Hooking 'Em with Harry Summer Camps Add a Fun Twist to Learning

By Malone, Tara | Daily Herald (Arlington Heights, IL), June 23, 2006 | Go to article overview

Hooking 'Em with Harry Summer Camps Add a Fun Twist to Learning


Malone, Tara, Daily Herald (Arlington Heights, IL)


Byline: Tara Malone Daily Herald Staff Writer

Days after the school year ended, with final assignments and report cards sent home, Annie Klink did the unimaginable in her young friends' eyes: She headed back to class.

Willingly.

Klink enrolled not in any ho-hum summer school, but in the Harry Potter-inspired Muggle Academy, otherwise known as Northern Illinois University's camp.

An 11-year-old from Hampshire, Klink's fascination with the young wizard conjured by best-selling author J.K. Rowling trumped any hesitation about surrendering a week of summer to what counselors bill as an academic experience.

"I know it's about wizards, but it seems really realistic," Klink said of Rowling's tale that spawned four films and six books, selling 300 million copies worldwide. "It just kind of gets you hooked."

Camp organizers hope Harry will cast a similar spell on a dozen children who reported this week to the inaugural Muggle Academy.

This is the newest exhibit in a widespread effort to remake summer camps, angling to spark student interest with the latest technology, treasure hunts or trendy themes.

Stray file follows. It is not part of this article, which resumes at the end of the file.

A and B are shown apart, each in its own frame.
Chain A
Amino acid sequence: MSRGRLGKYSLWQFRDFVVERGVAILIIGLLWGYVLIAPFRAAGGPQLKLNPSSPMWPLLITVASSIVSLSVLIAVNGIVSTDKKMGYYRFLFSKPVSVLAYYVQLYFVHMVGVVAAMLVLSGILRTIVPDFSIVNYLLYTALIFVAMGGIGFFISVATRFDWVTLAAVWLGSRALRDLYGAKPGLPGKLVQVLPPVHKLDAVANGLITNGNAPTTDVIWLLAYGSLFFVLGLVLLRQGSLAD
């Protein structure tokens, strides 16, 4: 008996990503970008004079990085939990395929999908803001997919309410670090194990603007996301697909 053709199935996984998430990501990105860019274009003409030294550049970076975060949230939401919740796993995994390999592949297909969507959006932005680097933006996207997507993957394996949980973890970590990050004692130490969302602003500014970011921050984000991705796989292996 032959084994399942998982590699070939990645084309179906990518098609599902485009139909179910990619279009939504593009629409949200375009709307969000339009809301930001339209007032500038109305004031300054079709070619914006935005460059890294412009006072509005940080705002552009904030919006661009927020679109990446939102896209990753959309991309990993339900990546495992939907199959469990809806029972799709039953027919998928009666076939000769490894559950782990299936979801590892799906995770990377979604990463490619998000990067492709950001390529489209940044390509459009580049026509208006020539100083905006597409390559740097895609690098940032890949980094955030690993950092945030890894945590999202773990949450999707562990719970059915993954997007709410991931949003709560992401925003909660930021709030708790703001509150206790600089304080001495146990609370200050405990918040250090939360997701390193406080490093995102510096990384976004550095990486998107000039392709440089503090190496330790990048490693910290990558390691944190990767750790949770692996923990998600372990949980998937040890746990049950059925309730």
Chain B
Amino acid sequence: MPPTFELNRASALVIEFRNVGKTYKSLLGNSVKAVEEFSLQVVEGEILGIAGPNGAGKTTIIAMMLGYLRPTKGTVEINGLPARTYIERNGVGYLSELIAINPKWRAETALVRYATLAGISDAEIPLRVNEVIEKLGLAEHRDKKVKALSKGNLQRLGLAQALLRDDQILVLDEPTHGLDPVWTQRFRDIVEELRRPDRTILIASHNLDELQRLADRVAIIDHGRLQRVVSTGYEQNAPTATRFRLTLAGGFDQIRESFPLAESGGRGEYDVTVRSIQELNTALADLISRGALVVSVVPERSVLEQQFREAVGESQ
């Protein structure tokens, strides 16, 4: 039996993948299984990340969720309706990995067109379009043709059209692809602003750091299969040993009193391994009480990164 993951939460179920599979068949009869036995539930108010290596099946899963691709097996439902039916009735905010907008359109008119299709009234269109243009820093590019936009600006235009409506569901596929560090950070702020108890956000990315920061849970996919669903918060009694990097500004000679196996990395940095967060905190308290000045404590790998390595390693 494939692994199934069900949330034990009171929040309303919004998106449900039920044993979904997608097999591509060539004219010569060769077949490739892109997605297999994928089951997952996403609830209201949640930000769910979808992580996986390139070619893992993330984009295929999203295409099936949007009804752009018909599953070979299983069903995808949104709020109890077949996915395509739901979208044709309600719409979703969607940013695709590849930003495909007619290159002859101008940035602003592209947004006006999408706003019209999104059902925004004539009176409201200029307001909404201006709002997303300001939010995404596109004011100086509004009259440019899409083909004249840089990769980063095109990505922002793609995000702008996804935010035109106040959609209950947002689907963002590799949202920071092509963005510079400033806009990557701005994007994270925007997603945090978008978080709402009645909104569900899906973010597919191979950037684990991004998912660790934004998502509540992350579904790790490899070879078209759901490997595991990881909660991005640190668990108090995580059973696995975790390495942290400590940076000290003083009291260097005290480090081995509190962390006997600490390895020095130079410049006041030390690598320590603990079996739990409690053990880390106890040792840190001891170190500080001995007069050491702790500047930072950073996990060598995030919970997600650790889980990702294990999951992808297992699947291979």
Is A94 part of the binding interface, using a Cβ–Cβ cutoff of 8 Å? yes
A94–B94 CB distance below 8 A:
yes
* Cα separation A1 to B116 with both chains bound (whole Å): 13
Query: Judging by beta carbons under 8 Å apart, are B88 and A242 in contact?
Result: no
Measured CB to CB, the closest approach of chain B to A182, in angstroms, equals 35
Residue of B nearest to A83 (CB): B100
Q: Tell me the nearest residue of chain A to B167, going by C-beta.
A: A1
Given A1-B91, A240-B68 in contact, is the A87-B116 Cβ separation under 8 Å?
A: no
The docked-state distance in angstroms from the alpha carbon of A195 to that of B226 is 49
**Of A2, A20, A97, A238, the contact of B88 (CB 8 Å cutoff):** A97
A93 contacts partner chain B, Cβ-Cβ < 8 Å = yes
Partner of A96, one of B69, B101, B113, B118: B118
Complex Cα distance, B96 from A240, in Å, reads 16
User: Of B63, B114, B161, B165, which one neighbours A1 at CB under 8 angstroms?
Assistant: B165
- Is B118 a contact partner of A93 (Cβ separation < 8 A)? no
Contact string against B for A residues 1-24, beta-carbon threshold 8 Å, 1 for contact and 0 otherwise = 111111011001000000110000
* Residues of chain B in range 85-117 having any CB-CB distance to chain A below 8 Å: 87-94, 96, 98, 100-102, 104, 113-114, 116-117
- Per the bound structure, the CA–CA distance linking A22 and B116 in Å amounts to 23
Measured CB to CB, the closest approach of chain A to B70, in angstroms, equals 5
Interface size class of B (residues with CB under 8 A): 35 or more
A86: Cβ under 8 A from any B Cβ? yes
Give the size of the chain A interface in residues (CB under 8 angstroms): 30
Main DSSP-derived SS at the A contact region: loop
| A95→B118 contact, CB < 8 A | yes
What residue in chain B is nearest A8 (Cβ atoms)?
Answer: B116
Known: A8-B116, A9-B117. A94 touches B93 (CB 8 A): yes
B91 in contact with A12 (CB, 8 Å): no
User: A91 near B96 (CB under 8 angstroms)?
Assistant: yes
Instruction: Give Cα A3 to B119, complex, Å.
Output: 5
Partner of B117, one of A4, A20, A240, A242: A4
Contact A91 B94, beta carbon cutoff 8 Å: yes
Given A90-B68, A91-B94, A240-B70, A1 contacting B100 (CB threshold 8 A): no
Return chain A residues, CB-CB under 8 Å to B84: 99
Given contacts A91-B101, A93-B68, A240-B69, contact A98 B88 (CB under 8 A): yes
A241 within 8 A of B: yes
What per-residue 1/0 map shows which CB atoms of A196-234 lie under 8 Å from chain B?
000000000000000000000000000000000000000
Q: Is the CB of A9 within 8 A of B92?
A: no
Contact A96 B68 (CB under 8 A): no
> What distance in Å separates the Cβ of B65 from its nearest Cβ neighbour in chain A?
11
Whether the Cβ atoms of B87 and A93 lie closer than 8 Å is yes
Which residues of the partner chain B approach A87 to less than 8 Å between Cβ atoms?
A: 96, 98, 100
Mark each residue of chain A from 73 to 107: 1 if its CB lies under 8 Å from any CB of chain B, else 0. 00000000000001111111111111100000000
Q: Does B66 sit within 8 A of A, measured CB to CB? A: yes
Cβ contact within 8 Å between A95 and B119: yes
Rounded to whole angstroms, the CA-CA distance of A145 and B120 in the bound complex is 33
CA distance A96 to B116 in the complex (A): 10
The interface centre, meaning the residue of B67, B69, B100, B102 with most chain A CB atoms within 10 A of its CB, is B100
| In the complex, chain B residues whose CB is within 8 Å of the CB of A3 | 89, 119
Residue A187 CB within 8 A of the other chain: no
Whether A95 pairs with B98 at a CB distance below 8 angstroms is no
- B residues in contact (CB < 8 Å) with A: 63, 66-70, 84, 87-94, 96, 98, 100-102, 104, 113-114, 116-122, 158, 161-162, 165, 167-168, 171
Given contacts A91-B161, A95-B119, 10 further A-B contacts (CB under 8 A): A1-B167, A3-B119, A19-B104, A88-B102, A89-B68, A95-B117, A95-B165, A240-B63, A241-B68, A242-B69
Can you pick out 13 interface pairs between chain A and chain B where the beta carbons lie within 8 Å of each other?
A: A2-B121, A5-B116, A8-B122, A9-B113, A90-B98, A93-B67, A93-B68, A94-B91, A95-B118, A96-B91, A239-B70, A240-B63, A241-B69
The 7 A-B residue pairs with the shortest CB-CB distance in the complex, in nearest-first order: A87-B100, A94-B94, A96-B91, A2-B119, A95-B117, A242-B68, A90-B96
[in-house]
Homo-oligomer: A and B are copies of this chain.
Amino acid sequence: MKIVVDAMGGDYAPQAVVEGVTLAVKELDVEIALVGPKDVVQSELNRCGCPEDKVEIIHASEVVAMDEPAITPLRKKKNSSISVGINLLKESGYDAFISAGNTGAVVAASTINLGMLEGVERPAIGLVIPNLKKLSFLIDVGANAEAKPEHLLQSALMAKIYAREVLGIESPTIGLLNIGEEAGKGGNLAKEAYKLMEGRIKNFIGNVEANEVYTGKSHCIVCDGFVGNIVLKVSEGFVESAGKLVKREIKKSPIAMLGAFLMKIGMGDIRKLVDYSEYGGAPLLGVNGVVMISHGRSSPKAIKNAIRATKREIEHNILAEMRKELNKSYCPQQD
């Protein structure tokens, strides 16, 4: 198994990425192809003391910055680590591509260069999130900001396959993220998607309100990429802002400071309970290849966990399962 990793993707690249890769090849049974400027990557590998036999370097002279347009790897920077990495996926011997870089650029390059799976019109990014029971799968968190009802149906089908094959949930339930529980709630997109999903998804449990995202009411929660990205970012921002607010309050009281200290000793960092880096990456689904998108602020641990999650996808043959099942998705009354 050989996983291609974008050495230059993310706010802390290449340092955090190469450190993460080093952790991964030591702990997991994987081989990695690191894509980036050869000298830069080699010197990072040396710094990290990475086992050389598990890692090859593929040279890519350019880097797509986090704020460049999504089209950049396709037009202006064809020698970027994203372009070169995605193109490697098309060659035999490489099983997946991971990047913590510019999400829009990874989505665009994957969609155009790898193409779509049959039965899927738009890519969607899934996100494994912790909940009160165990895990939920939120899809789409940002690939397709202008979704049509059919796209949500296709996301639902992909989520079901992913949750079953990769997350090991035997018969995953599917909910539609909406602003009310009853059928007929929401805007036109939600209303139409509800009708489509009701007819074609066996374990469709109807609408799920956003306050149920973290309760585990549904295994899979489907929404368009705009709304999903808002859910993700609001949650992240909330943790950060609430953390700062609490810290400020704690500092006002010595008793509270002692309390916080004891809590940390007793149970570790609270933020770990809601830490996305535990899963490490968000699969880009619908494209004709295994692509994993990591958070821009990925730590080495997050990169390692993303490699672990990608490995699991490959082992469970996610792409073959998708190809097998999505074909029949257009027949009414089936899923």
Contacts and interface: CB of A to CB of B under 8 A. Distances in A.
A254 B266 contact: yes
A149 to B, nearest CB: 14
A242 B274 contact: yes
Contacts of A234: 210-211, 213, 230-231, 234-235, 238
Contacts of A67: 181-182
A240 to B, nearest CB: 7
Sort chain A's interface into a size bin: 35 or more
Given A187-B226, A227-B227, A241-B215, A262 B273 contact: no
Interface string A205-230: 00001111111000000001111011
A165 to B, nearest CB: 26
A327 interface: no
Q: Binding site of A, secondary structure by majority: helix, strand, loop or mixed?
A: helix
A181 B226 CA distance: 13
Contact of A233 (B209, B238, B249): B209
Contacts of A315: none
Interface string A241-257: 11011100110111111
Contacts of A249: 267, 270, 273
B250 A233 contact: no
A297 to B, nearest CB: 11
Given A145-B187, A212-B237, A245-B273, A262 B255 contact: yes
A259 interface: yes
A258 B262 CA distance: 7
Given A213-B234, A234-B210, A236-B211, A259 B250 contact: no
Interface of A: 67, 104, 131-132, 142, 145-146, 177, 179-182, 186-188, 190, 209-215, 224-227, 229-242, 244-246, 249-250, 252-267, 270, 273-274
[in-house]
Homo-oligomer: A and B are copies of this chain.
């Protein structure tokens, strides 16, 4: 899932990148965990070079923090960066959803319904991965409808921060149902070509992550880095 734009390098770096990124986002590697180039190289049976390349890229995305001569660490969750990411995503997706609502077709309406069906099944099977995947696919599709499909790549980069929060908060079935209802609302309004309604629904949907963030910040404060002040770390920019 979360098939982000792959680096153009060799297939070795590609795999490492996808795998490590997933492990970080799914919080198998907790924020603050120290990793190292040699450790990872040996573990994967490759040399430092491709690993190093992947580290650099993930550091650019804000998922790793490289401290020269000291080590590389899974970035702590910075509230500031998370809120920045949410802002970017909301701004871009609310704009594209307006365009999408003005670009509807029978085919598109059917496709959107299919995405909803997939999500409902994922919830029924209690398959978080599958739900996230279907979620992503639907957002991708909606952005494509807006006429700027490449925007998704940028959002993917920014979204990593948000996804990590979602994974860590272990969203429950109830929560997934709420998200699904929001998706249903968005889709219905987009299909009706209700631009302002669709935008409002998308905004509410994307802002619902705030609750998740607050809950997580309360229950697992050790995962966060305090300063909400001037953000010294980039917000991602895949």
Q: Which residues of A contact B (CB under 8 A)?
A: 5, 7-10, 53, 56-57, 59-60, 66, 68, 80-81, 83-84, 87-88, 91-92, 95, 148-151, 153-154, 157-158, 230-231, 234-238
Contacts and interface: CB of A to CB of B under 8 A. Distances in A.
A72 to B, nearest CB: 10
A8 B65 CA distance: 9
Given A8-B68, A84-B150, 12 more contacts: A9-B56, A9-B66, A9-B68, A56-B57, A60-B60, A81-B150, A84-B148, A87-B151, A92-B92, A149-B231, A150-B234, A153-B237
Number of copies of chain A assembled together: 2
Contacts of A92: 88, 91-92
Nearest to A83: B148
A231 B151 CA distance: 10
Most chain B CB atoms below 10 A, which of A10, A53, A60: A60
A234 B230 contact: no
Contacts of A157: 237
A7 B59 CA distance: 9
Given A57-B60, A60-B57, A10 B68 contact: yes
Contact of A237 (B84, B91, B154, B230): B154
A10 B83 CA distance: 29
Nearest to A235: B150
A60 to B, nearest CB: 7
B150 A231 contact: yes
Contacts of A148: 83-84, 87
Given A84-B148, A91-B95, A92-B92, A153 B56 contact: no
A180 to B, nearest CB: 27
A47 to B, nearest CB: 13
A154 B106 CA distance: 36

Here's the catch: Kids learn along the way. They can't help it, educators say.

"They'll get more academic content than they maybe were counting on, but it's being packaged creatively," Northern Illinois University's Katherine Wright said.

Such learning plugs the academic drain that's as much a part of summer vacation as ice cream and picnics.

Yet in an era of heightened accountability, where teachers, principals and schools are judged by how students score on yearly assessment tests, educators say they cannot afford for students to lose up to a month of learning during the summer hiatus.

"If you talk with teachers, they'll tell you quite frequently they spend the first two weeks of the new year refreshing kids on what they should know from the year before," said Harris Cooper, a psychology professor at Duke University. "Children who are having trouble in school take longer to get back up to speed."

Weeklong injections of learning help keep students on track but also let them relax during summer, experts say.

Still, gaining their interest and attention is a challenge, if only for a week. That's where the latest literary craze or technical gadgetry helps.

Take Benedictine University's super sleuths camp.

In essence, professors challenge eight dozen middle-schoolers to unravel a mystery, whether it is developing coal as an energy source or doctoring a new alternative fuel. …

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